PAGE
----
The L-HA (80 – 100 kDA) in Profhilo® is the active component, inducing collagen production and also providing hydration, resulting in skin tightening and hydration.
The H-HA (1,100 – 1,400 kDA) acts as a dermal scaffold (i.e. short-term filler) slowly degrades over a month or so, and in the process, releasing the L-HA.
Profhilo differs from a normal HA dermal filler in that the filling effect is very short-lived as the HA is non cross-linked, and that the primary purpose is for skin tightening and hydration.
Profhilo® is normally injected on the lower half of the face. over 5 fixed points on each side (known as BAP), using hypodermic needles.
However, we at YVL Medical Aesthetics do not use the 5 point BAP and we only adopt our own blunt tipped microcannula technique for administering Profhilo®.
Firstly, the L-HA spreads from the injection points to the rest of the face via diffusion. This means that the concentration of the L-HA will always be the highest at the site of injections, diffusing outwardly with a diffusion gradient. The classical BAPs include a point in front of the ear and at the jaw angle, which aren’t the areas that require maximum collagen production.
By using a cannula, we are able to distribute the Profhilo® more evenly throughout the face than any 5 point BAP can ever attain. We typically distribute over the cheeks, nasolabial folds, jowls and lateral aspects of the face evenly.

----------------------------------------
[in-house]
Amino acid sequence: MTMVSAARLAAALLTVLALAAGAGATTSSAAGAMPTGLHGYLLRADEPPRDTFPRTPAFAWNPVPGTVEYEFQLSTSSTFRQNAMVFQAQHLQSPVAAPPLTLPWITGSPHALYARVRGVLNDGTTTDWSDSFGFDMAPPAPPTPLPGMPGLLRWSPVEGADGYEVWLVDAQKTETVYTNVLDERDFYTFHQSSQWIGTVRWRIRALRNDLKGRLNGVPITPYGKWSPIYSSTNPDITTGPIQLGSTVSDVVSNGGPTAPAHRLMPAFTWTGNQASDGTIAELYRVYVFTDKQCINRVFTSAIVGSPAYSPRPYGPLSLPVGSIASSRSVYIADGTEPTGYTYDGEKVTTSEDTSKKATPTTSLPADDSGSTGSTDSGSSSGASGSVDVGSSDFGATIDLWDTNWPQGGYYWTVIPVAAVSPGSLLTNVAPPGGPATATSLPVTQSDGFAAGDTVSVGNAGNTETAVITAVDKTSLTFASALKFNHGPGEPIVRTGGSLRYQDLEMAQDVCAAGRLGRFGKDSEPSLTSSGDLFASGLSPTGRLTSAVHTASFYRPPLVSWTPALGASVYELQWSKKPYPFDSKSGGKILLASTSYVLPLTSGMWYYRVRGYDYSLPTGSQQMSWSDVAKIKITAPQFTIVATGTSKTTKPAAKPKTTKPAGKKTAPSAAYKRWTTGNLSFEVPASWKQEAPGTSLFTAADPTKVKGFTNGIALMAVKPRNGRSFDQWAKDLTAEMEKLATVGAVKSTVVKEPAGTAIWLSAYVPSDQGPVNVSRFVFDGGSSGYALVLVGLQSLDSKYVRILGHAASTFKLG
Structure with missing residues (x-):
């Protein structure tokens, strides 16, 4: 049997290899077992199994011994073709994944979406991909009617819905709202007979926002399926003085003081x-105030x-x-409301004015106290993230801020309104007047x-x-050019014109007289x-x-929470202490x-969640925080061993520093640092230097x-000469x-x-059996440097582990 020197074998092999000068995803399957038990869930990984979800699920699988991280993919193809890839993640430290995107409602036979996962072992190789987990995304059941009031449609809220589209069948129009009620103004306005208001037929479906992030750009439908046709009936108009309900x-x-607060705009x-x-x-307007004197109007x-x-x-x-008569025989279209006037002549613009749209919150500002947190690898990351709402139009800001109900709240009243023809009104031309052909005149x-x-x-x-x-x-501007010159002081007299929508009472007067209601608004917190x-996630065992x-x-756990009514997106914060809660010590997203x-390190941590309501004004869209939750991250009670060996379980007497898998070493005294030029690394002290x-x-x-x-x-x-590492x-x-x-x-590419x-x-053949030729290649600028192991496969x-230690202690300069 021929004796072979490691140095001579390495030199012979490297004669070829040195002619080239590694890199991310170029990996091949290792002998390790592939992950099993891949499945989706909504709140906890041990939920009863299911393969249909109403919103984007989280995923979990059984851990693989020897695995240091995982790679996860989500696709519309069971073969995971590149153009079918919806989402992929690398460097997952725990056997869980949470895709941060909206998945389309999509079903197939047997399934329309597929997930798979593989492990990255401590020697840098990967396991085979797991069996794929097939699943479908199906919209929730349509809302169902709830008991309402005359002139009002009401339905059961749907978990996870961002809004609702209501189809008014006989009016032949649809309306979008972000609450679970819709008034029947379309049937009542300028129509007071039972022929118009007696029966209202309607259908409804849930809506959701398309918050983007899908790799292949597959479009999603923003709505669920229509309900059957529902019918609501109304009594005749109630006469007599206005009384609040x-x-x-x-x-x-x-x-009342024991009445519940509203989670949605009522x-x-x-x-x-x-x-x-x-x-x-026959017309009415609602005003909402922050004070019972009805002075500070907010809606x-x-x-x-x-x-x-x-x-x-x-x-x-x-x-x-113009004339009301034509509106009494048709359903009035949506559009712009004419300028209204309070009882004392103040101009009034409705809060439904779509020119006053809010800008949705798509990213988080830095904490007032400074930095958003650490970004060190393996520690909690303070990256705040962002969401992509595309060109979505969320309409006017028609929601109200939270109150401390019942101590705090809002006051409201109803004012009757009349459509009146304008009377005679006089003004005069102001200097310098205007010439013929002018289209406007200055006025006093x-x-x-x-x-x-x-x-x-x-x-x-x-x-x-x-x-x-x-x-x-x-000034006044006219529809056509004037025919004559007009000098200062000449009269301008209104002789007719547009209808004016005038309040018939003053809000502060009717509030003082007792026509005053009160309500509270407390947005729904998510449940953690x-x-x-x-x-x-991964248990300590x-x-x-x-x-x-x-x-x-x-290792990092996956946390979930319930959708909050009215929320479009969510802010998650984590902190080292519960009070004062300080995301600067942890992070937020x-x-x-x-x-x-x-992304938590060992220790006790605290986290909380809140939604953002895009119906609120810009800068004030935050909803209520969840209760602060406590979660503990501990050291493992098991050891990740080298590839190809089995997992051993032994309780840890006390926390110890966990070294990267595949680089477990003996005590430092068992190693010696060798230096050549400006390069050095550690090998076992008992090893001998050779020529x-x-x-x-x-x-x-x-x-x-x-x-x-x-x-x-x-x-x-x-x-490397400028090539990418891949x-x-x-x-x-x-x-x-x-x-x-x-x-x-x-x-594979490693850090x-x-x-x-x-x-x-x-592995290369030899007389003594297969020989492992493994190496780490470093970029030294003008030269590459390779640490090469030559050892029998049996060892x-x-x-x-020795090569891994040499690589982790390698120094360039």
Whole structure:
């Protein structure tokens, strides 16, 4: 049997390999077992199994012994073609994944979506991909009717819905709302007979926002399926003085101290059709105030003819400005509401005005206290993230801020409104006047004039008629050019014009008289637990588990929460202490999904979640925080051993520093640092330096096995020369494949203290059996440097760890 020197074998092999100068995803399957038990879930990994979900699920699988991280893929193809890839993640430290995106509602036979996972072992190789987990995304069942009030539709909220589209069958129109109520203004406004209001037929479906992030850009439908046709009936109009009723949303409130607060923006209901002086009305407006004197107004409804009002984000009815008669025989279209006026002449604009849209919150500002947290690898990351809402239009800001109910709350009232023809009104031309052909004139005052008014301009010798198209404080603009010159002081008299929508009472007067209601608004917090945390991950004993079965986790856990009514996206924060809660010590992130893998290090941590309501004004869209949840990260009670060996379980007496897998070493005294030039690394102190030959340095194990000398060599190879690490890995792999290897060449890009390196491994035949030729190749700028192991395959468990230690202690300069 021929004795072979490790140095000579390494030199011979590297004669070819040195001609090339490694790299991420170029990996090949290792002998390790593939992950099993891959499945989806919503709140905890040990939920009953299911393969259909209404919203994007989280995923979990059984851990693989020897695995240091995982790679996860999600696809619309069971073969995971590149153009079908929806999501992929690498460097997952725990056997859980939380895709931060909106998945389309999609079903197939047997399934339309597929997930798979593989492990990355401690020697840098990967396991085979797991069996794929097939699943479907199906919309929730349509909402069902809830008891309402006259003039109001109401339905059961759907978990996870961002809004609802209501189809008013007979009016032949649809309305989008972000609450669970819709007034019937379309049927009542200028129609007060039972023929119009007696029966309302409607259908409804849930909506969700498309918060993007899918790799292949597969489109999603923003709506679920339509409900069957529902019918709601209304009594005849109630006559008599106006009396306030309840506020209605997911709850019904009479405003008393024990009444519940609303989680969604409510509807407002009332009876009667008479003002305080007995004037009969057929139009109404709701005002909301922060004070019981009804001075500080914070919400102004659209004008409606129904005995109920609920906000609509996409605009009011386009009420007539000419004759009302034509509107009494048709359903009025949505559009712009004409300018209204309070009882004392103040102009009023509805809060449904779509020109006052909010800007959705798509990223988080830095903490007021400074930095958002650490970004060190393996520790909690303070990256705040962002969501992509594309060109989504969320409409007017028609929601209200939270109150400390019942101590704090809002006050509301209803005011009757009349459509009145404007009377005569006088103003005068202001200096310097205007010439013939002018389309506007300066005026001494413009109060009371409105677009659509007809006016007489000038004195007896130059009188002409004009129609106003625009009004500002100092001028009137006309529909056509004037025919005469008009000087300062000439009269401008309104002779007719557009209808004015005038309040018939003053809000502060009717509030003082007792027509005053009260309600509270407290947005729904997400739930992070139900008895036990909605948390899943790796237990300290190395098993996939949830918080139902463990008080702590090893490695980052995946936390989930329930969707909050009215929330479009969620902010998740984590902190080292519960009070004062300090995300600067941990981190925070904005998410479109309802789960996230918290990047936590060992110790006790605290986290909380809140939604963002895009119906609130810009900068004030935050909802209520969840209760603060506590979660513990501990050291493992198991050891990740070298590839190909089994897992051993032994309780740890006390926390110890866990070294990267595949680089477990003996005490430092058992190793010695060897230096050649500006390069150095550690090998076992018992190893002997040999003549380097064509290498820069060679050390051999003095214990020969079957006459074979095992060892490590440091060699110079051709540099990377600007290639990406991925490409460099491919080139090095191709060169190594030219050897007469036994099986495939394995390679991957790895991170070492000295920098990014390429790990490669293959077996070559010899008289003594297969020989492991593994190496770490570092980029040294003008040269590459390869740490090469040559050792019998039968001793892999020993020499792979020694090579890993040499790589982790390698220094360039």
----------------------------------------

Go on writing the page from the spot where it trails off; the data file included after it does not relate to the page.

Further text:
Secondly, the H-HA does act as a short-term filler with good rheological properties. We typically place more Profhilo® over areas of ligamentous defects, where collagen production should be most beneficial and also to capitalize on the short-term filling effect. The traditional 5-point BAP includes jaw angle and cheekbone placement, which may give the short term appearance of a wider face which does not go well with some patients.
Lastly, Profhilo® is particulate in nature and carries the same risk of Filler Induced Vascular Occlusion (FIVO), a complication we know can be reduced with the use of blunt tipped microcannula.
Do note that Profhilo® may not be suitable for all patients, and even for suitable patients the perceived results may vary.
Do note that biostimulators are NOT collagen fillers. In recent years, porcine derived collagen fillers have been developed and are used in China, South Korea and Taiwan (made in these respective countries). However, these collagen fillers have their own safety issues and are currently not licensed for use in most countries still